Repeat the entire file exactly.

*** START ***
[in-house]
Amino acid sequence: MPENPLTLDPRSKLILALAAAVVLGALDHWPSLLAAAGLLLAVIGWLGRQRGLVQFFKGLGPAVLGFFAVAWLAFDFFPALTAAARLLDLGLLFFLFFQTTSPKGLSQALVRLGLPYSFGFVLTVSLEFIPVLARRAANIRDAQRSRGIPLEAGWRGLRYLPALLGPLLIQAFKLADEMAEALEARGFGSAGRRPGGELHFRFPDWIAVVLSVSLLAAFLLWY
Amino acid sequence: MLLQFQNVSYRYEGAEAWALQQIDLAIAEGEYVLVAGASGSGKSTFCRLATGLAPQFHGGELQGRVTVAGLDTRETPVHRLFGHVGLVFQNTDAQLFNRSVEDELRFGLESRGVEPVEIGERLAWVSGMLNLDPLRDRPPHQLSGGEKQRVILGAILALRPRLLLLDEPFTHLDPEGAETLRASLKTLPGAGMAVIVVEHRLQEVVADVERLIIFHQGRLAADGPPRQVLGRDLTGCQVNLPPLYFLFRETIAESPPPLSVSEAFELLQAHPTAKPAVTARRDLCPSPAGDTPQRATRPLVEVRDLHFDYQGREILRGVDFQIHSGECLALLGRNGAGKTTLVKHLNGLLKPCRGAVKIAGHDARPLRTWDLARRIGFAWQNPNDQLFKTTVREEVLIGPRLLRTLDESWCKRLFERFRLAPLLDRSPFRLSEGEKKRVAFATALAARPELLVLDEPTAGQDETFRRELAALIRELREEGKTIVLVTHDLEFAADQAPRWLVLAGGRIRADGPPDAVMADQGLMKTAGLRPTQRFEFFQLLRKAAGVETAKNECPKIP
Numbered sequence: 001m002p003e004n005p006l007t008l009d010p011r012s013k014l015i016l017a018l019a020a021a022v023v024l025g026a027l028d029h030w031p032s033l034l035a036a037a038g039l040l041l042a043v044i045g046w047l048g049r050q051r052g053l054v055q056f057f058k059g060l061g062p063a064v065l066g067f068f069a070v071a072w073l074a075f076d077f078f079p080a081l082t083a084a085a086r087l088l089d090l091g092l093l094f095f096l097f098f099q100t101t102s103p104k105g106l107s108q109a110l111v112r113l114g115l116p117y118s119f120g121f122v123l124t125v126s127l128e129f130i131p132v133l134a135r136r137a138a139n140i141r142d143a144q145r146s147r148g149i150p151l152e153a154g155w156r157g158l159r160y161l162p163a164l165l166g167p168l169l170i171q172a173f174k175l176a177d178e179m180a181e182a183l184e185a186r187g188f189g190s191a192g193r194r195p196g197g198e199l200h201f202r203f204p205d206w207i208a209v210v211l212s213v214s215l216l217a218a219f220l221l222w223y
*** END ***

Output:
[in-house]
Amino acid sequence: MPENPLTLDPRSKLILALAAAVVLGALDHWPSLLAAAGLLLAVIGWLGRQRGLVQFFKGLGPAVLGFFAVAWLAFDFFPALTAAARLLDLGLLFFLFFQTTSPKGLSQALVRLGLPYSFGFVLTVSLEFIPVLARRAANIRDAQRSRGIPLEAGWRGLRYLPALLGPLLIQAFKLADEMAEALEARGFGSAGRRPGGELHFRFPDWIAVVLSVSLLAAFLLWY
Amino acid sequence: MLLQFQNVSYRYEGAEAWALQQIDLAIAEGEYVLVAGASGSGKSTFCRLATGLAPQFHGGELQGRVTVAGLDTRETPVHRLFGHVGLVFQNTDAQLFNRSVEDELRFGLESRGVEPVEIGERLAWVSGMLNLDPLRDRPPHQLSGGEKQRVILGAILALRPRLLLLDEPFTHLDPEGAETLRASLKTLPGAGMAVIVVEHRLQEVVADVERLIIFHQGRLAADGPPRQVLGRDLTGCQVNLPPLYFLFRETIAESPPPLSVSEAFELLQAHPTAKPAVTARRDLCPSPAGDTPQRATRPLVEVRDLHFDYQGREILRGVDFQIHSGECLALLGRNGAGKTTLVKHLNGLLKPCRGAVKIAGHDARPLRTWDLARRIGFAWQNPNDQLFKTTVREEVLIGPRLLRTLDESWCKRLFERFRLAPLLDRSPFRLSEGEKKRVAFATALAARPELLVLDEPTAGQDETFRRELAALIRELREEGKTIVLVTHDLEFAADQAPRWLVLAGGRIRADGPPDAVMADQGLMKTAGLRPTQRFEFFQLLRKAAGVETAKNECPKIP
Numbered sequence: 001m002p003e004n005p006l007t008l009d010p011r012s013k014l015i016l017a018l019a020a021a022v023v024l025g026a027l028d029h030w031p032s033l034l035a036a037a038g039l040l041l042a043v044i045g046w047l048g049r050q051r052g053l054v055q056f057f058k059g060l061g062p063a064v065l066g067f068f069a070v071a072w073l074a075f076d077f078f079p080a081l082t083a084a085a086r087l088l089d090l091g092l093l094f095f096l097f098f099q100t101t102s103p104k105g106l107s108q109a110l111v112r113l114g115l116p117y118s119f120g121f122v123l124t125v126s127l128e129f130i131p132v133l134a135r136r137a138a139n140i141r142d143a144q145r146s147r148g149i150p151l152e153a154g155w156r157g158l159r160y161l162p163a164l165l166g167p168l169l170i171q172a173f174k175l176a177d178e179m180a181e182a183l184e185a186r187g188f189g190s191a192g193r194r195p196g197g198e199l200h201f202r203f204p205d206w207i208a209v210v211l212s213v214s215l216l217a218a219f220l221l222w223y